Alkaline Phosphatase

1

0

0

2

Hyperglycemia

1

0

6

0

Hypocalcemia

1

0

0

0

Hyponatremia

1

0

9

0

SGPT/ALT

1

0

2

2

Hyperkalemia

0

0

2

0

Hypernatremia

0

1

0

0

SGOT/AST

0

0

2

2

Total Bilirubin

0

0

0

2

ANC decreased

12

4

19

8

ALC decreased

7

0

15

0

WBC decreased

4

0

11

0

Hemoglobin decreased

0

0

2

0

The safety profile from the one post-approval trial with 59 subjects was generally comparable to that of the pivotal trials with the exception of serious adverse events hypertriglyceridemia, neutropenia and bone marrow failure which were observed more frequently in the bexarotene 300 mg/m2 /day group than in the bexarotene 150 mg/m2 /day group.

Severe hypertriglyceridemia (≥800 mg/dL) was not seen in any subject in the lower dosage arm.

The most common AEs by preferred term in either the bexarotene 300 or 150 mg/m2 /day treatment group were as follows: hypertriglyceridemia (18 subjects [62.1%] and 17 subjects [56.7%], respectively); hypothyroidism (15 subjects [51.7%] and 13 subjects [43.3%], respectively); headache (9 subjects [31.0%] and 7 subjects [23.3%], respectively); hypercholesterolemia (8 subjects [27.6%] and 7 subjects [23.3%], respectively); neutropenia (7 subjects [24.1%] and 2 subjects [6.7%], respectively); and skin exfoliation (5 subjects [17.2%] and 5 subjects [16.7%], respectively).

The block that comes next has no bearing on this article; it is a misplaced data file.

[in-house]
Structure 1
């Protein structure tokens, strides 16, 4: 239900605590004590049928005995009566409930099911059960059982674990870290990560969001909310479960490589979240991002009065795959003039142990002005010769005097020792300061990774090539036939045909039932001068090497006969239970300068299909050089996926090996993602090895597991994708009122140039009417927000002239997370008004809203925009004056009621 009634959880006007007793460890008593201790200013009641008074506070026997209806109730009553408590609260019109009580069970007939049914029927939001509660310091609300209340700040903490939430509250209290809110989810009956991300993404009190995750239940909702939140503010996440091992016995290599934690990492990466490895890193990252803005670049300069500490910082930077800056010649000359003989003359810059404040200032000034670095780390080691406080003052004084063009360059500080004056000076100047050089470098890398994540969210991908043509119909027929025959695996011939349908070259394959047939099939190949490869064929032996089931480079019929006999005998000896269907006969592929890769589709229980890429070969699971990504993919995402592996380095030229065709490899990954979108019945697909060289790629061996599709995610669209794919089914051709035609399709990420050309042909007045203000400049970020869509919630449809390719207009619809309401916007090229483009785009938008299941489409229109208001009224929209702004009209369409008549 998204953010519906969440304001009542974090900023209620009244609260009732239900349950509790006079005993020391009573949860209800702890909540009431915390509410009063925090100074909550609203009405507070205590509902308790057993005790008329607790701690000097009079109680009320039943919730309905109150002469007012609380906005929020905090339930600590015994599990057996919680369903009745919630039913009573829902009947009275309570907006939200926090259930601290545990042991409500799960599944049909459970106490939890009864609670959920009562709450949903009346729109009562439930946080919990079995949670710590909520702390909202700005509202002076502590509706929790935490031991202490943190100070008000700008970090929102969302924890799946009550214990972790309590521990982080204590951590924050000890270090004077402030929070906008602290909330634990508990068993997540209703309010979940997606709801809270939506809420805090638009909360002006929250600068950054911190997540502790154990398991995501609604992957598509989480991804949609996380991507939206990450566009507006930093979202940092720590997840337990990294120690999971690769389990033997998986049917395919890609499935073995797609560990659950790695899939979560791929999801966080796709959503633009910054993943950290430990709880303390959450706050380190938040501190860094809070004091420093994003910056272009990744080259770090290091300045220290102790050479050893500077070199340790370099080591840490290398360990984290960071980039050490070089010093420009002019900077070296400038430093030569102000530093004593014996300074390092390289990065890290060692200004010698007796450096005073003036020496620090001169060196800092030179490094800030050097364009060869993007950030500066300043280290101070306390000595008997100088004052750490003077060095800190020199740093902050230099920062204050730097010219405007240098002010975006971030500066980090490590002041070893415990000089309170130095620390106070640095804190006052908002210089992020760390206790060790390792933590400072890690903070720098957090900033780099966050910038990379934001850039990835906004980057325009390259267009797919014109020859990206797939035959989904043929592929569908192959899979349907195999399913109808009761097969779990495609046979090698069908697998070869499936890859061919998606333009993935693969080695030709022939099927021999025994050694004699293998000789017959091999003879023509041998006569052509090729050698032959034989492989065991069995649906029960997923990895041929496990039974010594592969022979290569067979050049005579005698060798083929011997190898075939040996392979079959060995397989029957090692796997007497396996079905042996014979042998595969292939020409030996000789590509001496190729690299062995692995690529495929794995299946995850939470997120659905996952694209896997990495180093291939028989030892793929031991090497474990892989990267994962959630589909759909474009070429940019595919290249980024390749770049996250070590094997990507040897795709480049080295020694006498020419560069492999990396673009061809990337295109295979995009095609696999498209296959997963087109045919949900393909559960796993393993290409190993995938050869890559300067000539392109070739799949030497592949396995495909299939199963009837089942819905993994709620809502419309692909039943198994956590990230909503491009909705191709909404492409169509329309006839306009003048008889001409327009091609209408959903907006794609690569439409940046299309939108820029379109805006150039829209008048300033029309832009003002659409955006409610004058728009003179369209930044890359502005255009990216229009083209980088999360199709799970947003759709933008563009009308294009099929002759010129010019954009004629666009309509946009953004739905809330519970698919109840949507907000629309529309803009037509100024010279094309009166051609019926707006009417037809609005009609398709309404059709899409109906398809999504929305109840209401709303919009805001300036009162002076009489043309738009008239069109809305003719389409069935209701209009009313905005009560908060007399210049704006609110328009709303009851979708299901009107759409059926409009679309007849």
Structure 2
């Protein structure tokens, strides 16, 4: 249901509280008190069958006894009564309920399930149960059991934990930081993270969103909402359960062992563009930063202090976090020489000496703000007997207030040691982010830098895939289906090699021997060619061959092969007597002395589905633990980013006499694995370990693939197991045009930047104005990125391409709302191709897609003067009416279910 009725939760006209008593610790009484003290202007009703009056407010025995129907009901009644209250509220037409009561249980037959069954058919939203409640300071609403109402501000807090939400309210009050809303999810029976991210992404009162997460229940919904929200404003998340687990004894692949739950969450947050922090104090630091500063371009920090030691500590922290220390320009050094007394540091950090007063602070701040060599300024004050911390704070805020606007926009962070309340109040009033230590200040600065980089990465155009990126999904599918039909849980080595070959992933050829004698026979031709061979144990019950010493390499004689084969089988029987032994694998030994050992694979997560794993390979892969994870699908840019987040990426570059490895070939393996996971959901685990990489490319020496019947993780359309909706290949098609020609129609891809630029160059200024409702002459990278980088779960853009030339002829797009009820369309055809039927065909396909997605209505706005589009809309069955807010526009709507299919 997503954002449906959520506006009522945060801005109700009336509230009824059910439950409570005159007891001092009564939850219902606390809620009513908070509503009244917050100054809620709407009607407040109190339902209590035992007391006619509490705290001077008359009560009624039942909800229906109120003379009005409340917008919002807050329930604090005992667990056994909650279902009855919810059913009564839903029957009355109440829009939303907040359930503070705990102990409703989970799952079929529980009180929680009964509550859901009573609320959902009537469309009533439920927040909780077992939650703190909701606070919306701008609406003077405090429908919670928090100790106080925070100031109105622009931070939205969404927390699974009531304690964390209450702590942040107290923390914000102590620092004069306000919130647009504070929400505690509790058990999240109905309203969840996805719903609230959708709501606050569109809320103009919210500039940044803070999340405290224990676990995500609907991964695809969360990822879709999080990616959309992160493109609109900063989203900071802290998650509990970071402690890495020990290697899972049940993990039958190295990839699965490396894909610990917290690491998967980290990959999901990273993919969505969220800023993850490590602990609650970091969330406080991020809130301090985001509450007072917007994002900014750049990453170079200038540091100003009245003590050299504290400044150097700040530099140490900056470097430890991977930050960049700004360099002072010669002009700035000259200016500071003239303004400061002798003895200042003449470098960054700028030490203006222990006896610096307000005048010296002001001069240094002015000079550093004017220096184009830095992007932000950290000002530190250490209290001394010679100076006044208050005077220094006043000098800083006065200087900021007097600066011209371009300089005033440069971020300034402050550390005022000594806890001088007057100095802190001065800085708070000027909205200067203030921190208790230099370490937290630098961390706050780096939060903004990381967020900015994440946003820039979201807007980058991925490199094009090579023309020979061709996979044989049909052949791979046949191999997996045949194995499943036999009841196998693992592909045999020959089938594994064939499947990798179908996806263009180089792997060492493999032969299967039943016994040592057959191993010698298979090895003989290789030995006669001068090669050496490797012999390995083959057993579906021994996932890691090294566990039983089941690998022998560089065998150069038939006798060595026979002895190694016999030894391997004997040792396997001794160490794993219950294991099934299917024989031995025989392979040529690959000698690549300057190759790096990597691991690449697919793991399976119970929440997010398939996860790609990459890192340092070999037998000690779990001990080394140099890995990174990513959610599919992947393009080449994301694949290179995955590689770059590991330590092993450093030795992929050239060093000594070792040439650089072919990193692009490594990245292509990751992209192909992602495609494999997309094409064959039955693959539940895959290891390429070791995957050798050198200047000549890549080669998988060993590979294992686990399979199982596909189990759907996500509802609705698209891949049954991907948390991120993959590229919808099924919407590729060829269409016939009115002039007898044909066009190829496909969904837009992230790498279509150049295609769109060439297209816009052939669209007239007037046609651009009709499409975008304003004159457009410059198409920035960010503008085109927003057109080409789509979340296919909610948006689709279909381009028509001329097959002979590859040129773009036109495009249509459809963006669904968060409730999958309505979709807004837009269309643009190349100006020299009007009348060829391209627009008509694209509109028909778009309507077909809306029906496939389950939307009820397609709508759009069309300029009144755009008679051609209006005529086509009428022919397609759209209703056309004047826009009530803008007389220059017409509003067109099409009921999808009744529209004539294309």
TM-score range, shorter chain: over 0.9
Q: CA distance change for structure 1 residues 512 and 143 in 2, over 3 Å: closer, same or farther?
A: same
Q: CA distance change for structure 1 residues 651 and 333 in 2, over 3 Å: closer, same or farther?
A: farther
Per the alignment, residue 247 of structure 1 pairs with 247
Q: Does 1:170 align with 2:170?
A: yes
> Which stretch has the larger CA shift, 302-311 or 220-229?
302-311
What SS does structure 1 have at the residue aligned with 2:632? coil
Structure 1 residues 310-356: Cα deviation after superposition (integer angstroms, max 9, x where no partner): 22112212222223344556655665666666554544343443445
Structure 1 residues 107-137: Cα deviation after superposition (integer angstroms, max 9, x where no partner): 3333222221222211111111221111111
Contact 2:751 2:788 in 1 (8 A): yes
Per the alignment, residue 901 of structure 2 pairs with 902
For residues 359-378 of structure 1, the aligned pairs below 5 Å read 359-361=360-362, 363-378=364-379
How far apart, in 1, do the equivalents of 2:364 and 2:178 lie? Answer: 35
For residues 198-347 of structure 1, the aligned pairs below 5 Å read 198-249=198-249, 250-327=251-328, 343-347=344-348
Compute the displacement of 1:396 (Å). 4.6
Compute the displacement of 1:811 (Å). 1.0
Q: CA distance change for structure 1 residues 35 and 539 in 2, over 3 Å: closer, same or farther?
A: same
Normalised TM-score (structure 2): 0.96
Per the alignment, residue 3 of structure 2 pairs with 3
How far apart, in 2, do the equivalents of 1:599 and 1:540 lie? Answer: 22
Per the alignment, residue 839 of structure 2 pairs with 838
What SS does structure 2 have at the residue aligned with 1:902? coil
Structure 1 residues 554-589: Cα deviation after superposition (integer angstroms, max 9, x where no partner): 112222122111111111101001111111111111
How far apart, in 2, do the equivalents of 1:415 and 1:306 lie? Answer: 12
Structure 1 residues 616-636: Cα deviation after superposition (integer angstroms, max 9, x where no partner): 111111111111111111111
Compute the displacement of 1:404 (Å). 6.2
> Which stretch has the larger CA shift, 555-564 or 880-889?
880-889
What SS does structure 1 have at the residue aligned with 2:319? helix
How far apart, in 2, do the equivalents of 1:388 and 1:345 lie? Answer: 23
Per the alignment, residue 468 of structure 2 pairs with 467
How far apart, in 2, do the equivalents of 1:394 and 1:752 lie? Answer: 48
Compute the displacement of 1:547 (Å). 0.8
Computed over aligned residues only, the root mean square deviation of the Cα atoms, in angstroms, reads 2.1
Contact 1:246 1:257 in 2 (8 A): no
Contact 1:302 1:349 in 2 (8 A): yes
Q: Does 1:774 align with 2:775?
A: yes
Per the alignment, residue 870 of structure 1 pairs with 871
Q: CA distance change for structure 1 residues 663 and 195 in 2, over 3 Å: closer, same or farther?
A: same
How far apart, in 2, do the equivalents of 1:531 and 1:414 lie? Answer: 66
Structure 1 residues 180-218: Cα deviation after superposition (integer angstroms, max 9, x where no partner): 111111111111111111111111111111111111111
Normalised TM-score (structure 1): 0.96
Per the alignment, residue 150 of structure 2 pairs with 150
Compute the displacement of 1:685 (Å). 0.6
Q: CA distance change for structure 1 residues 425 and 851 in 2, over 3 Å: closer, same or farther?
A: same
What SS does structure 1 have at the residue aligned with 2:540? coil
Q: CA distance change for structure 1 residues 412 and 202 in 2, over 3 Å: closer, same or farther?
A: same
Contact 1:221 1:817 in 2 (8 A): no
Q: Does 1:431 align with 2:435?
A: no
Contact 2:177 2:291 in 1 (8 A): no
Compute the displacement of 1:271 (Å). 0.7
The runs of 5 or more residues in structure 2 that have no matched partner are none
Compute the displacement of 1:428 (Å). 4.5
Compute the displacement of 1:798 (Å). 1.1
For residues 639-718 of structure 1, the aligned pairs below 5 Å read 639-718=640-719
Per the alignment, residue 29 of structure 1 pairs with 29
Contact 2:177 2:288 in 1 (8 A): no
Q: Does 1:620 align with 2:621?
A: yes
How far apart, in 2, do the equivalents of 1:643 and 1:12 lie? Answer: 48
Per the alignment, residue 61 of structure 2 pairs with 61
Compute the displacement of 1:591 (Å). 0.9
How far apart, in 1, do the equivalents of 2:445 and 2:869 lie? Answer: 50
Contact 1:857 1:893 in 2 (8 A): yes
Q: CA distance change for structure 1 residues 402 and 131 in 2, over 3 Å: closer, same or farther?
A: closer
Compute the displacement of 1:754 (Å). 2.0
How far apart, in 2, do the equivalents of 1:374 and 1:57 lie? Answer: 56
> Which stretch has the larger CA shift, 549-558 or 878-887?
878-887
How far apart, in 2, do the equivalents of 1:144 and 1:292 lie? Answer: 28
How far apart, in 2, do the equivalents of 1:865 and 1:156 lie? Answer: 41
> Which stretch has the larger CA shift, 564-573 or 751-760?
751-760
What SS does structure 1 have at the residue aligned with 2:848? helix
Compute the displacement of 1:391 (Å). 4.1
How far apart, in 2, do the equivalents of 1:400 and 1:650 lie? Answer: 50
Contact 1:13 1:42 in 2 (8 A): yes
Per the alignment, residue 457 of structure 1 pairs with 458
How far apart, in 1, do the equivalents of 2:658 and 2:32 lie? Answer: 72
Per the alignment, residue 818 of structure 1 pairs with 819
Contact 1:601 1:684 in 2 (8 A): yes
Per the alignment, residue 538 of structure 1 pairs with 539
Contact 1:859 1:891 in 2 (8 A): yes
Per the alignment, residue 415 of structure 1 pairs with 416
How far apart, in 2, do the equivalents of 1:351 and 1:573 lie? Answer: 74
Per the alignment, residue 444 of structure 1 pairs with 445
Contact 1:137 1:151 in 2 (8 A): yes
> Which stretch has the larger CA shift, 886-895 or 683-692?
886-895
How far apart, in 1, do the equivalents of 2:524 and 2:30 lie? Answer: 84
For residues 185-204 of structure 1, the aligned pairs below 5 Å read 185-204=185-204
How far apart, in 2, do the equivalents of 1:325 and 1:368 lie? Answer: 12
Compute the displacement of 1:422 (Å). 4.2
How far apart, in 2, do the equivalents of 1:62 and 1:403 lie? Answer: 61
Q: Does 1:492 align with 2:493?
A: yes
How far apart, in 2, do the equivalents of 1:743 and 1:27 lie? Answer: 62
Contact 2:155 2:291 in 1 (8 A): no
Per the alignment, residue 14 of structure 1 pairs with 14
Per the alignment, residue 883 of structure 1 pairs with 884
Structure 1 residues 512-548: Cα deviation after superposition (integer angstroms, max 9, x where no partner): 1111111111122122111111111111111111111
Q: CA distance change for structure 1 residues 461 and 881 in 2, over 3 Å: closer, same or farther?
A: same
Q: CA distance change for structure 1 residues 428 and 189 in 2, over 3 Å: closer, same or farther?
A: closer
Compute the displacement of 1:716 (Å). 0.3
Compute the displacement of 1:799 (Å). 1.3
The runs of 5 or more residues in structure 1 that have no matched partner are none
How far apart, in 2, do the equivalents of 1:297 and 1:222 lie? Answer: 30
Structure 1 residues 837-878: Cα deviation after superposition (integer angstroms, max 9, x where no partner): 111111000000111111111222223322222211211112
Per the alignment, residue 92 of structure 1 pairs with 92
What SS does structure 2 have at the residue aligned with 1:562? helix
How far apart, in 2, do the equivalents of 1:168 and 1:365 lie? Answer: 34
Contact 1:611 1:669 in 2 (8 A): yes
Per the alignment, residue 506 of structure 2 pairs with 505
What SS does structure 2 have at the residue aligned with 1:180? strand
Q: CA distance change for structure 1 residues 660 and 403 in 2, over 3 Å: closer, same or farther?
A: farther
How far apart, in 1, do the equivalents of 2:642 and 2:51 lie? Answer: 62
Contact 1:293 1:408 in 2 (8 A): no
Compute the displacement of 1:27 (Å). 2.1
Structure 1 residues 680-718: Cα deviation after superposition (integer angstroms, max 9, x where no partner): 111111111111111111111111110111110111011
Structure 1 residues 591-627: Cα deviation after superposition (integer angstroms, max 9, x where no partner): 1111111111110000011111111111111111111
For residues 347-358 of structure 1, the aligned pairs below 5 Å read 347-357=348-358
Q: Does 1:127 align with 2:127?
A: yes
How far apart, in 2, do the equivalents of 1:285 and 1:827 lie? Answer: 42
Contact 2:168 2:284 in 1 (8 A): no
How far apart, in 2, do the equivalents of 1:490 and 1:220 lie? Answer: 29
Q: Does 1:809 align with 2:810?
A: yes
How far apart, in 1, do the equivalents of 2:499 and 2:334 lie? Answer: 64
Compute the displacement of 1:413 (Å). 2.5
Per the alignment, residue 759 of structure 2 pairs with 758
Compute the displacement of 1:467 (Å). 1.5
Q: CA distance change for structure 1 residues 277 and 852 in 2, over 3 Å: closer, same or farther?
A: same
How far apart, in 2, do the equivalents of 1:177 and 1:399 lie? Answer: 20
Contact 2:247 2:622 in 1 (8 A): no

Higher percentage of subjects in the bexarotene 300 mg/m2 /day group than in the bexarotene 150 mg/m2 /day group experienced SAEs (13 subjects [44.8%] vs 11 subjects [36.7%], respectively.

Of the SAEs of special interest, there were more events in the bexarotene 300 mg/m2 /day group than in bexarotene 150 mg/m2 /day group of bone marrow failure (3 [10.3%] vs 1 [3.3%, respectively]), neutropenia (3 [10.3%] vs 0 [0%], respectively), and of hypertriglyceridemia (9 [31%] vs 2 [6.7%], respectively).